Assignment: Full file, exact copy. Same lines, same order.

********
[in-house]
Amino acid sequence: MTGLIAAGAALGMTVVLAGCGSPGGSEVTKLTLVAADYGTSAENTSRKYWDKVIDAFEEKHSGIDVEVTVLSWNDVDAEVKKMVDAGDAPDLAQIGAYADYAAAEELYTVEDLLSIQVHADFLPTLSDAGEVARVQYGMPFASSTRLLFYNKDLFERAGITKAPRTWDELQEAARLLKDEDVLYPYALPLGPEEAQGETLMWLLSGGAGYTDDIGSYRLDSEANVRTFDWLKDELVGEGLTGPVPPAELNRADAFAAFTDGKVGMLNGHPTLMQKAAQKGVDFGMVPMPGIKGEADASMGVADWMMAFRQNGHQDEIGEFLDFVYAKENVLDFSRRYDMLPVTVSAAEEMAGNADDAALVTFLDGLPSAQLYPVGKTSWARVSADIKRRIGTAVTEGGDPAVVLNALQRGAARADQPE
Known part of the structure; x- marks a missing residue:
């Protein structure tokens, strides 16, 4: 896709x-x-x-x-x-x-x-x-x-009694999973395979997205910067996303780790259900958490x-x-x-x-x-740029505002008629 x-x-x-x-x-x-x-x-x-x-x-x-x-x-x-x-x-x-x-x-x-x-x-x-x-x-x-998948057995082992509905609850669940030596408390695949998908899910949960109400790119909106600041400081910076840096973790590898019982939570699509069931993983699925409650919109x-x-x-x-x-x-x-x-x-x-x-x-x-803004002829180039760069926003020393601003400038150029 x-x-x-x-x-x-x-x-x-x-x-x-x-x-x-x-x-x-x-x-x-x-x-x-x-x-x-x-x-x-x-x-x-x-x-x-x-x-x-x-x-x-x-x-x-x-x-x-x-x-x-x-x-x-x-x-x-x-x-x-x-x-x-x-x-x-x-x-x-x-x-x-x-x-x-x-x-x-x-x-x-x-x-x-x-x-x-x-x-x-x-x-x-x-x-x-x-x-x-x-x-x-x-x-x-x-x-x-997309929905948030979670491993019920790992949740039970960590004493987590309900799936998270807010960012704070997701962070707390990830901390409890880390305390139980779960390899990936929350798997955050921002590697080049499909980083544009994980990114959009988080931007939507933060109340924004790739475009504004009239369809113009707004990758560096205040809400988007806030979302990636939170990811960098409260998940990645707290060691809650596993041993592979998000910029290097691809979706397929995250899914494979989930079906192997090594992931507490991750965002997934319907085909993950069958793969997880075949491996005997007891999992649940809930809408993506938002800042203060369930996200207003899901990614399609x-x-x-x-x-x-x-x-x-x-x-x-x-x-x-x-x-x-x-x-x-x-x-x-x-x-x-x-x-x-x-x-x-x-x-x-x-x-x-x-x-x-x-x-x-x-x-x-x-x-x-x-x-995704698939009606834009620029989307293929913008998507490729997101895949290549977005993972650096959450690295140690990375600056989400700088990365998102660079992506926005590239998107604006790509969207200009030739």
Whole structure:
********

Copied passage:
[in-house]
Amino acid sequence: MTGLIAAGAALGMTVVLAGCGSPGGSEVTKLTLVAADYGTSAENTSRKYWDKVIDAFEEKHSGIDVEVTVLSWNDVDAEVKKMVDAGDAPDLAQIGAYADYAAAEELYTVEDLLSIQVHADFLPTLSDAGEVARVQYGMPFASSTRLLFYNKDLFERAGITKAPRTWDELQEAARLLKDEDVLYPYALPLGPEEAQGETLMWLLSGGAGYTDDIGSYRLDSEANVRTFDWLKDELVGEGLTGPVPPAELNRADAFAAFTDGKVGMLNGHPTLMQKAAQKGVDFGMVPMPGIKGEADASMGVADWMMAFRQNGHQDEIGEFLDFVYAKENVLDFSRRYDMLPVTVSAAEEMAGNADDAALVTFLDGLPSAQLYPVGKTSWARVSADIKRRIGTAVTEGGDPAVVLNALQRGAARADQPE
Known part of the structure; x- marks a missing residue:
């Protein structure tokens, strides 16, 4: 896709x-x-x-x-x-x-x-x-x-009694999973395979997205910067996303780790259900958490x-x-x-x-x-740029505002008629 x-x-x-x-x-x-x-x-x-x-x-x-x-x-x-x-x-x-x-x-x-x-x-x-x-x-x-998948057995082992509905609850669940030596408390695949998908899910949960109400790119909106600041400081910076840096973790590898019982939570699509069931993983699925409650919109x-x-x-x-x-x-x-x-x-x-x-x-x-803004002829180039760069926003020393601003400038150029 x-x-x-x-x-x-x-x-x-x-x-x-x-x-x-x-x-x-x-x-x-x-x-x-x-x-x-x-x-x-x-x-x-x-x-x-x-x-x-x-x-x-x-x-x-x-x-x-x-x-x-x-x-x-x-x-x-x-x-x-x-x-x-x-x-x-x-x-x-x-x-x-x-x-x-x-x-x-x-x-x-x-x-x-x-x-x-x-x-x-x-x-x-x-x-x-x-x-x-x-x-x-x-x-x-x-x-x-997309929905948030979670491993019920790992949740039970960590004493987590309900799936998270807010960012704070997701962070707390990830901390409890880390305390139980779960390899990936929350798997955050921002590697080049499909980083544009994980990114959009988080931007939507933060109340924004790739475009504004009239369809113009707004990758560096205040809400988007806030979302990636939170990811960098409260998940990645707290060691809650596993041993592979998000910029290097691809979706397929995250899914494979989930079906192997090594992931507490991750965002997934319907085909993950069958793969997880075949491996005997007891999992649940809930809408993506938002800042203060369930996200207003899901990614399609x-x-x-x-x-x-x-x-x-x-x-x-x-x-x-x-x-x-x-x-x-x-x-x-x-x-x-x-x-x-x-x-x-x-x-x-x-x-x-x-x-x-x-x-x-x-x-x-x-x-x-x-x-995704698939009606834009620029989307293929913008998507490729997101895949290549977005993972650096959450690295140690990375600056989400700088990365998102660079992506926005590239998107604006790509969207200009030739």
Whole structure: